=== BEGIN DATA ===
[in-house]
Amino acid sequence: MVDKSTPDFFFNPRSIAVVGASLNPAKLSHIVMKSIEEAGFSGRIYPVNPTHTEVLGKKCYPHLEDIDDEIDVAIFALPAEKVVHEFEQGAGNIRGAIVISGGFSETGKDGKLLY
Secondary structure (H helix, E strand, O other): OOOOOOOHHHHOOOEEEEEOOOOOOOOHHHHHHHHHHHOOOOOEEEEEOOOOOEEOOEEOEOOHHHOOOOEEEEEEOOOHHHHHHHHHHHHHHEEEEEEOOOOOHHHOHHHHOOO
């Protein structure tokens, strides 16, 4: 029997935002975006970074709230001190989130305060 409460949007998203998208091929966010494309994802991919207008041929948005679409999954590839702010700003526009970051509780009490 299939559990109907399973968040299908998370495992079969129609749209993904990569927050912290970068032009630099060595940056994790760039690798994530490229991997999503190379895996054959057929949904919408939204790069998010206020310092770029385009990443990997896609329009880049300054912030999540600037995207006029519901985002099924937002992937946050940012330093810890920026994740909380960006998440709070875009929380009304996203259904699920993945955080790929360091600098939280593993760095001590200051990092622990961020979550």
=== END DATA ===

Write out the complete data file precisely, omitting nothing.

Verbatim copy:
[in-house]
Amino acid sequence: MVDKSTPDFFFNPRSIAVVGASLNPAKLSHIVMKSIEEAGFSGRIYPVNPTHTEVLGKKCYPHLEDIDDEIDVAIFALPAEKVVHEFEQGAGNIRGAIVISGGFSETGKDGKLLY
Secondary structure (H helix, E strand, O other): OOOOOOOHHHHOOOEEEEEOOOOOOOOHHHHHHHHHHHOOOOOEEEEEOOOOOEEOOEEOEOOHHHOOOOEEEEEEOOOHHHHHHHHHHHHHHEEEEEEOOOOOHHHOHHHHOOO
């Protein structure tokens, strides 16, 4: 029997935002975006970074709230001190989130305060 409460949007998203998208091929966010494309994802991919207008041929948005679409999954590839702010700003526009970051509780009490 299939559990109907399973968040299908998370495992079969129609749209993904990569927050912290970068032009630099060595940056994790760039690798994530490229991997999503190379895996054959057929949904919408939204790069998010206020310092770029385009990443990997896609329009880049300054912030999540600037995207006029519901985002099924937002992937946050940012330093810890920026994740909380960006998440709070875009929380009304996203259904699920993945955080790929360091600098939280593993760095001590200051990092622990961020979550």